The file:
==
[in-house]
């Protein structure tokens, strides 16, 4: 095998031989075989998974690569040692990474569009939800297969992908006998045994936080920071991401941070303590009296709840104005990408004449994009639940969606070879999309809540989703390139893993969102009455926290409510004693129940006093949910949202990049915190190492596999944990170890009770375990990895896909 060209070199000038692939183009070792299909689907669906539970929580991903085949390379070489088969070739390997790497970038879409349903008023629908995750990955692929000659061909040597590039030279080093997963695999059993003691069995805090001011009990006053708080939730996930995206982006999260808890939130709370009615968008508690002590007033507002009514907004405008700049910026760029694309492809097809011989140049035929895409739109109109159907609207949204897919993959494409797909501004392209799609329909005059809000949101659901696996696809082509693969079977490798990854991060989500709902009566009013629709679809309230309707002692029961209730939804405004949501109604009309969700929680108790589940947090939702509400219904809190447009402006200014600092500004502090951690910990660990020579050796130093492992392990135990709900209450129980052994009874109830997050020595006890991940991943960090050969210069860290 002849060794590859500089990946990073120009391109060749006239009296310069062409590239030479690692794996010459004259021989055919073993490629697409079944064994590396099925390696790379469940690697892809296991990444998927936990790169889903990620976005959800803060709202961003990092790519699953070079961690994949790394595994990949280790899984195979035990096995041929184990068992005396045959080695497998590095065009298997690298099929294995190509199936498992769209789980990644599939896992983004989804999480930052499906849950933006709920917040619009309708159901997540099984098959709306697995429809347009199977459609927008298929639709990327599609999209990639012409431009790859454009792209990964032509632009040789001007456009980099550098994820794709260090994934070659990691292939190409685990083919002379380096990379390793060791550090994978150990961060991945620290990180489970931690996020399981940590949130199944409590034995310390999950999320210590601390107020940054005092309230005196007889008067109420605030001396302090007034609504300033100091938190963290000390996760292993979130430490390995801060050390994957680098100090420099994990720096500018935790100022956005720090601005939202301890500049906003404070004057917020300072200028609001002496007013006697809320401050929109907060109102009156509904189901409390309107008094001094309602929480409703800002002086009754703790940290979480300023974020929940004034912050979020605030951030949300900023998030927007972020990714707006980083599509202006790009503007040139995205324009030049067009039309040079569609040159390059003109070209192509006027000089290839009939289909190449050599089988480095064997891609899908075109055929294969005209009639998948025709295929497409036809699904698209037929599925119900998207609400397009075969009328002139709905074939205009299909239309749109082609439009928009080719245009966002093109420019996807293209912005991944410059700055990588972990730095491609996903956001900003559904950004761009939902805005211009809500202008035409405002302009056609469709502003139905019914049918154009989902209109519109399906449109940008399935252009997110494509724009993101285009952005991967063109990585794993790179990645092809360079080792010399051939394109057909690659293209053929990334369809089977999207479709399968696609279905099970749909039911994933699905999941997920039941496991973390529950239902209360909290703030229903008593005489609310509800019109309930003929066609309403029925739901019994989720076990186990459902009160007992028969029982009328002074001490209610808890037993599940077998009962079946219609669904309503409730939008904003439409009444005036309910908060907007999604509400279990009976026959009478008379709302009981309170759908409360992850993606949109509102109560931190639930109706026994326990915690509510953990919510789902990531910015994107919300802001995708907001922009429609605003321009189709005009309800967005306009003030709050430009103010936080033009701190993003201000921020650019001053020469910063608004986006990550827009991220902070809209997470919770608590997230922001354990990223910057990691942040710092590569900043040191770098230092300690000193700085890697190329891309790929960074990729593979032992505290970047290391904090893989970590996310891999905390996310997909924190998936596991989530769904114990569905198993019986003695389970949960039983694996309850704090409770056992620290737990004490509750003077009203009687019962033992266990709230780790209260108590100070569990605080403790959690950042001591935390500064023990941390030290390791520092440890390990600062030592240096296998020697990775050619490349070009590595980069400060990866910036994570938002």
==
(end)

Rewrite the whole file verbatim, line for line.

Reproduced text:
[in-house]
């Protein structure tokens, strides 16, 4: 095998031989075989998974690569040692990474569009939800297969992908006998045994936080920071991401941070303590009296709840104005990408004449994009639940969606070879999309809540989703390139893993969102009455926290409510004693129940006093949910949202990049915190190492596999944990170890009770375990990895896909 060209070199000038692939183009070792299909689907669906539970929580991903085949390379070489088969070739390997790497970038879409349903008023629908995750990955692929000659061909040597590039030279080093997963695999059993003691069995805090001011009990006053708080939730996930995206982006999260808890939130709370009615968008508690002590007033507002009514907004405008700049910026760029694309492809097809011989140049035929895409739109109109159907609207949204897919993959494409797909501004392209799609329909005059809000949101659901696996696809082509693969079977490798990854991060989500709902009566009013629709679809309230309707002692029961209730939804405004949501109604009309969700929680108790589940947090939702509400219904809190447009402006200014600092500004502090951690910990660990020579050796130093492992392990135990709900209450129980052994009874109830997050020595006890991940991943960090050969210069860290 002849060794590859500089990946990073120009391109060749006239009296310069062409590239030479690692794996010459004259021989055919073993490629697409079944064994590396099925390696790379469940690697892809296991990444998927936990790169889903990620976005959800803060709202961003990092790519699953070079961690994949790394595994990949280790899984195979035990096995041929184990068992005396045959080695497998590095065009298997690298099929294995190509199936498992769209789980990644599939896992983004989804999480930052499906849950933006709920917040619009309708159901997540099984098959709306697995429809347009199977459609927008298929639709990327599609999209990639012409431009790859454009792209990964032509632009040789001007456009980099550098994820794709260090994934070659990691292939190409685990083919002379380096990379390793060791550090994978150990961060991945620290990180489970931690996020399981940590949130199944409590034995310390999950999320210590601390107020940054005092309230005196007889008067109420605030001396302090007034609504300033100091938190963290000390996760292993979130430490390995801060050390994957680098100090420099994990720096500018935790100022956005720090601005939202301890500049906003404070004057917020300072200028609001002496007013006697809320401050929109907060109102009156509904189901409390309107008094001094309602929480409703800002002086009754703790940290979480300023974020929940004034912050979020605030951030949300900023998030927007972020990714707006980083599509202006790009503007040139995205324009030049067009039309040079569609040159390059003109070209192509006027000089290839009939289909190449050599089988480095064997891609899908075109055929294969005209009639998948025709295929497409036809699904698209037929599925119900998207609400397009075969009328002139709905074939205009299909239309749109082609439009928009080719245009966002093109420019996807293209912005991944410059700055990588972990730095491609996903956001900003559904950004761009939902805005211009809500202008035409405002302009056609469709502003139905019914049918154009989902209109519109399906449109940008399935252009997110494509724009993101285009952005991967063109990585794993790179990645092809360079080792010399051939394109057909690659293209053929990334369809089977999207479709399968696609279905099970749909039911994933699905999941997920039941496991973390529950239902209360909290703030229903008593005489609310509800019109309930003929066609309403029925739901019994989720076990186990459902009160007992028969029982009328002074001490209610808890037993599940077998009962079946219609669904309503409730939008904003439409009444005036309910908060907007999604509400279990009976026959009478008379709302009981309170759908409360992850993606949109509102109560931190639930109706026994326990915690509510953990919510789902990531910015994107919300802001995708907001922009429609605003321009189709005009309800967005306009003030709050430009103010936080033009701190993003201000921020650019001053020469910063608004986006990550827009991220902070809209997470919770608590997230922001354990990223910057990691942040710092590569900043040191770098230092300690000193700085890697190329891309790929960074990729593979032992505290970047290391904090893989970590996310891999905390996310997909924190998936596991989530769904114990569905198993019986003695389970949960039983694996309850704090409770056992620290737990004490509750003077009203009687019962033992266990709230780790209260108590100070569990605080403790959690950042001591935390500064023990941390030290390791520092440890390990600062030592240096296998020697990775050619490349070009590595980069400060990866910036994570938002």